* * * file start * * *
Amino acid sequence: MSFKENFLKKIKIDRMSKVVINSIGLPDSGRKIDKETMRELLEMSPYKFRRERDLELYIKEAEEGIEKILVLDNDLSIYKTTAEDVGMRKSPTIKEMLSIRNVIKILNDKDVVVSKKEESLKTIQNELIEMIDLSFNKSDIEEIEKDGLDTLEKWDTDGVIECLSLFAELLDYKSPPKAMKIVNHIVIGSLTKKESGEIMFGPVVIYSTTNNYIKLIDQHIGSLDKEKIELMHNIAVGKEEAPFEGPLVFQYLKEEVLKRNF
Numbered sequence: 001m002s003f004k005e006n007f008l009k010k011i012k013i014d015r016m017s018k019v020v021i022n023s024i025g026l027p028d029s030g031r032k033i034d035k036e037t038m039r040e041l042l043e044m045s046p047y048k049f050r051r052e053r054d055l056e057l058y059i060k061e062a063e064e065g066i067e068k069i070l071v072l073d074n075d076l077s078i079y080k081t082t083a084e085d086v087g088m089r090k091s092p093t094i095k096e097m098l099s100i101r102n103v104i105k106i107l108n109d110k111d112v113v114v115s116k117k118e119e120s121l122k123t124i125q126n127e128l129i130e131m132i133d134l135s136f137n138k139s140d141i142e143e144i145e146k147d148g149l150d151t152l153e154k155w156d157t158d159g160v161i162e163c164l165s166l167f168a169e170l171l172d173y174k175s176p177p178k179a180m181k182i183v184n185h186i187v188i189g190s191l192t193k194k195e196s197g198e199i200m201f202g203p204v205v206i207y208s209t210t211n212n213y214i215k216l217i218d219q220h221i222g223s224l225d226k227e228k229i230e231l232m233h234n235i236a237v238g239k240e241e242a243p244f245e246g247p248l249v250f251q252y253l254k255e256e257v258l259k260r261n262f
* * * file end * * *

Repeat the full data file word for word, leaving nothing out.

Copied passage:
Amino acid sequence: MSFKENFLKKIKIDRMSKVVINSIGLPDSGRKIDKETMRELLEMSPYKFRRERDLELYIKEAEEGIEKILVLDNDLSIYKTTAEDVGMRKSPTIKEMLSIRNVIKILNDKDVVVSKKEESLKTIQNELIEMIDLSFNKSDIEEIEKDGLDTLEKWDTDGVIECLSLFAELLDYKSPPKAMKIVNHIVIGSLTKKESGEIMFGPVVIYSTTNNYIKLIDQHIGSLDKEKIELMHNIAVGKEEAPFEGPLVFQYLKEEVLKRNF
Numbered sequence: 001m002s003f004k005e006n007f008l009k010k011i012k013i014d015r016m017s018k019v020v021i022n023s024i025g026l027p028d029s030g031r032k033i034d035k036e037t038m039r040e041l042l043e044m045s046p047y048k049f050r051r052e053r054d055l056e057l058y059i060k061e062a063e064e065g066i067e068k069i070l071v072l073d074n075d076l077s078i079y080k081t082t083a084e085d086v087g088m089r090k091s092p093t094i095k096e097m098l099s100i101r102n103v104i105k106i107l108n109d110k111d112v113v114v115s116k117k118e119e120s121l122k123t124i125q126n127e128l129i130e131m132i133d134l135s136f137n138k139s140d141i142e143e144i145e146k147d148g149l150d151t152l153e154k155w156d157t158d159g160v161i162e163c164l165s166l167f168a169e170l171l172d173y174k175s176p177p178k179a180m181k182i183v184n185h186i187v188i189g190s191l192t193k194k195e196s197g198e199i200m201f202g203p204v205v206i207y208s209t210t211n212n213y214i215k216l217i218d219q220h221i222g223s224l225d226k227e228k229i230e231l232m233h234n235i236a237v238g239k240e241e242a243p244f245e246g247p248l249v250f251q252y253l254k255e256e257v258l259k260r261n262f